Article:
OCEANSIDE — Hundreds are expected to dive in for the 86th annual Labor Day Pier Swim Sept. 7. The annual race draws competitive swimmers and those who want to push themselves to do for their personal best.
Many participate as a yearly tradition. The annual race T-shirt designed by Bill Richardson has become a local collector’s item.
The average age of competitors is 45. Most finish the 1-mile open water swim in 38 minutes. The top time last year was 18 minutes.
The race is put on by the Oceanside Swim Club as an annual fundraiser. Juan Hernandez, swim club president, said the most challenging part of the swim is the unpredictable waves.
“You never know what the surf will be like that day,” Hernandez said. “Big surf can make or break a day. You can expend all your energy to get by the surf.”
Eileen Turk, Oceanside Parks and Recreation division manager, has competed in the swim several times. She said the race is never the same.
“One time was an absolute beautiful day the water temperature was 72, the water, the ocean was really calm, it was the perfect day to do it,” Turk said. “And then a year later I participated and it was a really rough day. And some very experienced pier swimmers said they were going to pull out, they weren’t going to do it. And I said what the heck I’m going to go for it.”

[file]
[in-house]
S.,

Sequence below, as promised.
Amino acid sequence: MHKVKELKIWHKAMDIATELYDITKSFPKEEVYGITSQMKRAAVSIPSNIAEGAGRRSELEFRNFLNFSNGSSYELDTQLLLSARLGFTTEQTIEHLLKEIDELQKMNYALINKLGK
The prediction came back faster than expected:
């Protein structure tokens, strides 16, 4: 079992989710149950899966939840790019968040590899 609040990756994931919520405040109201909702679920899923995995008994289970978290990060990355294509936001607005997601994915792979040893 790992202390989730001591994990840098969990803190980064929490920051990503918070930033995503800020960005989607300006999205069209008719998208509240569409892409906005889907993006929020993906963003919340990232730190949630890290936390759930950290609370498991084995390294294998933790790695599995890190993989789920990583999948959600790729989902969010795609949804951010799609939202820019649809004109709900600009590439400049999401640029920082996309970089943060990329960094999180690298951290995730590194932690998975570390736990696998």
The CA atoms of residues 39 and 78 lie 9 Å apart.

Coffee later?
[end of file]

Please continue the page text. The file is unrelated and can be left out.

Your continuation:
This year water temperatures have been warm, and conditions are expected to be good.
Race heats will take off beginning at 8:30 a.m. City lifeguards will be on hand to safeguard swimmers.
There will also be music, raffles, vendors and kiddie bounce houses on the beach as part of the fundraising efforts. The swim club took over holding the historic city race in the 1970s. Hernandez said monies raised help provide youth scholarships, equipment and advanced training for swim instructors.
The Oceanside Swim Club serves boys and girls ages 5 to 18. Swim meets are held off site because Oceanside currently lacks a competitive length pool.
Hernandez said the team holds a lot of talent. Extra funds help provide training and equipment to nurture potential, and in swimming a 1/10 or 1/100 of a second makes a difference.
Last year the race raised $6,000. Hernandez said the goal is to match that amount this Labor Day. For more information, go to labordaypierswim.com.